Devotees of the late Queen Elizabeth II and keen photographers alike will find plenty to like in Portrait of the Queen. Source: Australian Catholics.
The film was made before her death last September but includes an epilogue dedication to her memory.
The Queen herself is a principal reason for seeing this film, for her admirers and those interested in her world influence in the 20th century. For photographers, professional and amateur, the documentary provides an overview of photography portraits during 100 years – 90 of them encompassing the Queen’s life.
Although she is at the centre of the film, the Queen does not have a speaking part. We are reminded that she never gave interviews. It was protocol that anyone meeting her should never ask her a question. The narration indicates that she was able to preserve a great deal of herself, not continually giving parts of herself away to those she met.
This is an Italian documentary based on a book/collection by Paola Calvetti. However, it is very British, with a voiceover commentary by Charles Dance and some comments from celebrities such as Susan Sarandon and Isabella Rossellini.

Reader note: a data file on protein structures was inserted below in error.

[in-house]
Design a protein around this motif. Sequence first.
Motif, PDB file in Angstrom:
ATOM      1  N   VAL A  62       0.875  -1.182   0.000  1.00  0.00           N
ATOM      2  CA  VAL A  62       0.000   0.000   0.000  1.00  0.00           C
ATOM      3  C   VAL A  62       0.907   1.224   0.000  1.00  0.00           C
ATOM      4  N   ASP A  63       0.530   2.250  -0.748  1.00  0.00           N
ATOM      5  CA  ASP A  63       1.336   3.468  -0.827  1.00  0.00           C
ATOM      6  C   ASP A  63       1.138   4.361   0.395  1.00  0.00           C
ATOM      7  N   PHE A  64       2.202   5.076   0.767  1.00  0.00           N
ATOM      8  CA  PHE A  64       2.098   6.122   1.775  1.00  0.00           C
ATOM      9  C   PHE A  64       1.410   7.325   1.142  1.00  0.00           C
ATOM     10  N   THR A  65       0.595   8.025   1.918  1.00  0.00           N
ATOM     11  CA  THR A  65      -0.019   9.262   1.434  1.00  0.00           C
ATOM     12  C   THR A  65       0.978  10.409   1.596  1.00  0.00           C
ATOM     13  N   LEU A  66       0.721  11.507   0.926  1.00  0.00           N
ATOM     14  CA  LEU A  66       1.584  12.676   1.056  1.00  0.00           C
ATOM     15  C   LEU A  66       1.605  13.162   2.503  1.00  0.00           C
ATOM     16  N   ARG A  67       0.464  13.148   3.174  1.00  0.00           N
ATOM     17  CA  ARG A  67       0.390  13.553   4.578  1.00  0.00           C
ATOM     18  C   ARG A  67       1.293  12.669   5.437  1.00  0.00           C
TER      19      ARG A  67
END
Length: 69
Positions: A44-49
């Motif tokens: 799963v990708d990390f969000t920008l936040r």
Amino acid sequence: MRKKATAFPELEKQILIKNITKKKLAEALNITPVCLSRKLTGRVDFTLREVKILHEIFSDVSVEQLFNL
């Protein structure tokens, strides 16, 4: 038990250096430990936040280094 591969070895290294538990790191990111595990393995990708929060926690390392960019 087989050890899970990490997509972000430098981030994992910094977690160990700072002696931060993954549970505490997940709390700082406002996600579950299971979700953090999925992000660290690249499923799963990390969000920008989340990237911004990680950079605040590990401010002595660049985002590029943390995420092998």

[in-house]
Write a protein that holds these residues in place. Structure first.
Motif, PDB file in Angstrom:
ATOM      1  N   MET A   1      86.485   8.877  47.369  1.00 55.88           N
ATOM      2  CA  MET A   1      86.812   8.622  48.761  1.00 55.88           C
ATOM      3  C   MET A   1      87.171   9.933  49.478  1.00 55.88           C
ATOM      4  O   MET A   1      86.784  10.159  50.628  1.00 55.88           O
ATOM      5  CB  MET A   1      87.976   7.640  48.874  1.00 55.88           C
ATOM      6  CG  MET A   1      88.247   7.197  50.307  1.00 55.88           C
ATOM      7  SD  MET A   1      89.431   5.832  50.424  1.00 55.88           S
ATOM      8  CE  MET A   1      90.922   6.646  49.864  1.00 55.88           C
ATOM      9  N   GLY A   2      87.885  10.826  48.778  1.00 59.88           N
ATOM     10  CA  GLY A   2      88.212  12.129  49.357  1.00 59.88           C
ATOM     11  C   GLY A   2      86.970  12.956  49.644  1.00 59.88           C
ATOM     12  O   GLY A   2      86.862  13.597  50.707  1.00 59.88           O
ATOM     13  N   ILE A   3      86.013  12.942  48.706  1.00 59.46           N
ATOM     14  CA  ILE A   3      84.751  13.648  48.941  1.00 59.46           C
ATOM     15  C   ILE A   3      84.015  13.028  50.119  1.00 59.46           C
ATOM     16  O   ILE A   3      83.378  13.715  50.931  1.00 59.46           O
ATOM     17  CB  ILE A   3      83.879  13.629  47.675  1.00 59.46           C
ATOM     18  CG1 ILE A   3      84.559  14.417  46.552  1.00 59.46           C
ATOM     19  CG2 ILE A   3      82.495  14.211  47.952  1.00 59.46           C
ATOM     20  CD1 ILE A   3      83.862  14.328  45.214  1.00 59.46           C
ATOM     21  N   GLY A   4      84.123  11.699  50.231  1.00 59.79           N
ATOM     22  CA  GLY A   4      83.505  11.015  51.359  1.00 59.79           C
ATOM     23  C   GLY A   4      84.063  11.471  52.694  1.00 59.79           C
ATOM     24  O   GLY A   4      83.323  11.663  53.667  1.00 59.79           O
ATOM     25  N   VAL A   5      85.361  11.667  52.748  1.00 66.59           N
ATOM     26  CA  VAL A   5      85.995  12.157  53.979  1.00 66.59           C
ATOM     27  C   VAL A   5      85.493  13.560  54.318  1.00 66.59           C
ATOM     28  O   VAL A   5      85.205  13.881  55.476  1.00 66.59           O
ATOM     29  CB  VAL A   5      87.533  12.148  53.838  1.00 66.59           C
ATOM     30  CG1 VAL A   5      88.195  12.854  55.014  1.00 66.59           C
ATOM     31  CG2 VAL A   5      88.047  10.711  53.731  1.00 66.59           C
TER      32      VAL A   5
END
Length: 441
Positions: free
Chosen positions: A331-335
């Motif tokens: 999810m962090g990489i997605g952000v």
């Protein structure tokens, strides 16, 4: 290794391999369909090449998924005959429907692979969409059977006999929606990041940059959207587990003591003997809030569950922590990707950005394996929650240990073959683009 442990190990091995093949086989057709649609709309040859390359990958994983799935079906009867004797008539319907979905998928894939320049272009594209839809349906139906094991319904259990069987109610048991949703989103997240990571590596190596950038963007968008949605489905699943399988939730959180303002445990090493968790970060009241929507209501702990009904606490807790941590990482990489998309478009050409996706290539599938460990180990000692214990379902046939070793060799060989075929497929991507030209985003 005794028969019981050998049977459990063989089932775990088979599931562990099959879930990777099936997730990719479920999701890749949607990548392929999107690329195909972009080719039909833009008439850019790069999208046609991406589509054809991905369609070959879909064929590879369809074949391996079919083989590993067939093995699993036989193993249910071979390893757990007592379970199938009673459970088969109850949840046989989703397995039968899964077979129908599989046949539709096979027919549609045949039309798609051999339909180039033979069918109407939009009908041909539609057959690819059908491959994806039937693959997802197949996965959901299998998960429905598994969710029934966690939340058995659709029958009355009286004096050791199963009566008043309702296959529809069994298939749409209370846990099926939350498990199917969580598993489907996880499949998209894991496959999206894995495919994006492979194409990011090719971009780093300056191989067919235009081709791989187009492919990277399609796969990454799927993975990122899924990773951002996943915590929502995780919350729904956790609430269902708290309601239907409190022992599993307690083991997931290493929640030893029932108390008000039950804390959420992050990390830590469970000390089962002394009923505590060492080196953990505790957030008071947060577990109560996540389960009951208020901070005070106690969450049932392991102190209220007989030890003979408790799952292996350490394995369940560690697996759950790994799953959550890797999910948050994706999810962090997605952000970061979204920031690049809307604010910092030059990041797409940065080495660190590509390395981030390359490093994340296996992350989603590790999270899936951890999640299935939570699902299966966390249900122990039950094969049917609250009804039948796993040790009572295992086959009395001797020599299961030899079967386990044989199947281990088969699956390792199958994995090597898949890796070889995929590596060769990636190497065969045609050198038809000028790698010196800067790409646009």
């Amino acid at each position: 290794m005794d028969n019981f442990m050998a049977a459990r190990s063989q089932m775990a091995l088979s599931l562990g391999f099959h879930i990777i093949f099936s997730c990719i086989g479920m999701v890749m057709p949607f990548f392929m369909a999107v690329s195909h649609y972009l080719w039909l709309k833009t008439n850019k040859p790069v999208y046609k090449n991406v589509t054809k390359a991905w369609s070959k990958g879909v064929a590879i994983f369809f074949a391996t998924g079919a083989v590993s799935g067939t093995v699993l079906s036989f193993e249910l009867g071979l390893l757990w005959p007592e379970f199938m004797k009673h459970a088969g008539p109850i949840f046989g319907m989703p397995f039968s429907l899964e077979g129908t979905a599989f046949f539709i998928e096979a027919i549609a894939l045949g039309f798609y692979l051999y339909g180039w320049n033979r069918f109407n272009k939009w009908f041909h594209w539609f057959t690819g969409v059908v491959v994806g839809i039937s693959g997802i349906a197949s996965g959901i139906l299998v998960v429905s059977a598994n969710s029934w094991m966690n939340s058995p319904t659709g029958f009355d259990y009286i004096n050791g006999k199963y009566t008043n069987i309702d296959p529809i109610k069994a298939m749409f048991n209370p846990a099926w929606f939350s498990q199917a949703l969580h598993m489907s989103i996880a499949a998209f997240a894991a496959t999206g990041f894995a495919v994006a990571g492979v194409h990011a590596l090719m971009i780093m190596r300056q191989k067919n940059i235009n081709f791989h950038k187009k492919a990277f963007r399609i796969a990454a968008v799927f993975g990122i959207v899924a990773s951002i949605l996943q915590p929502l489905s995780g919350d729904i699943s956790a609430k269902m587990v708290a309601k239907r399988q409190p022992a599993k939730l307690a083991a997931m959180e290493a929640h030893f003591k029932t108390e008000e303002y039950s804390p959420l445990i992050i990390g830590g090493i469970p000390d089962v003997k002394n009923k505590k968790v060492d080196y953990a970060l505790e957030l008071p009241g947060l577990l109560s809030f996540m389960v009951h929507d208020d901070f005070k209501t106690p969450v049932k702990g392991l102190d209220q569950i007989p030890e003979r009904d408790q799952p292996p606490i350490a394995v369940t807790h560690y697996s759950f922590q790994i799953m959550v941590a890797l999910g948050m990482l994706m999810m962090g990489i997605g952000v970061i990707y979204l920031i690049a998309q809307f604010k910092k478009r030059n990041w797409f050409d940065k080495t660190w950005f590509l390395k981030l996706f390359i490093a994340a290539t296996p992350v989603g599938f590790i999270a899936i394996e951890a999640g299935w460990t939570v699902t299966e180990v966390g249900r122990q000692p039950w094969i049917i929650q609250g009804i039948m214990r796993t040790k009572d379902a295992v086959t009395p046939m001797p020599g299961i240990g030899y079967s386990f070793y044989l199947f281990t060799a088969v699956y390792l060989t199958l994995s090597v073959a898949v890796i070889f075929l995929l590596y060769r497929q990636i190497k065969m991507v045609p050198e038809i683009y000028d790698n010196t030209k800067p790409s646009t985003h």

It depicts a collection of portraits of the Queen from a range of celebrated photographers over the decades, including Cecil Beaton and Lord Snowden. Several photographers are interviewed, giving detailed accounts of their photography sessions and encounters with the Queen.
The interviews indicate the varying styles, the improvements and techniques and cameras, culminating in the session for a hologram session with the Queen and her response to it.
The photographers note that one does not take a photo of the queen, one makes a photo.
Portrait of the Queen: Narrated by Charles Dance. Directed by Fabrizio Ferri. 77 minutes. Rated G. In select cinemas from March 18.
Portrait of the Queen (Jesuit Media via Australian Catholics)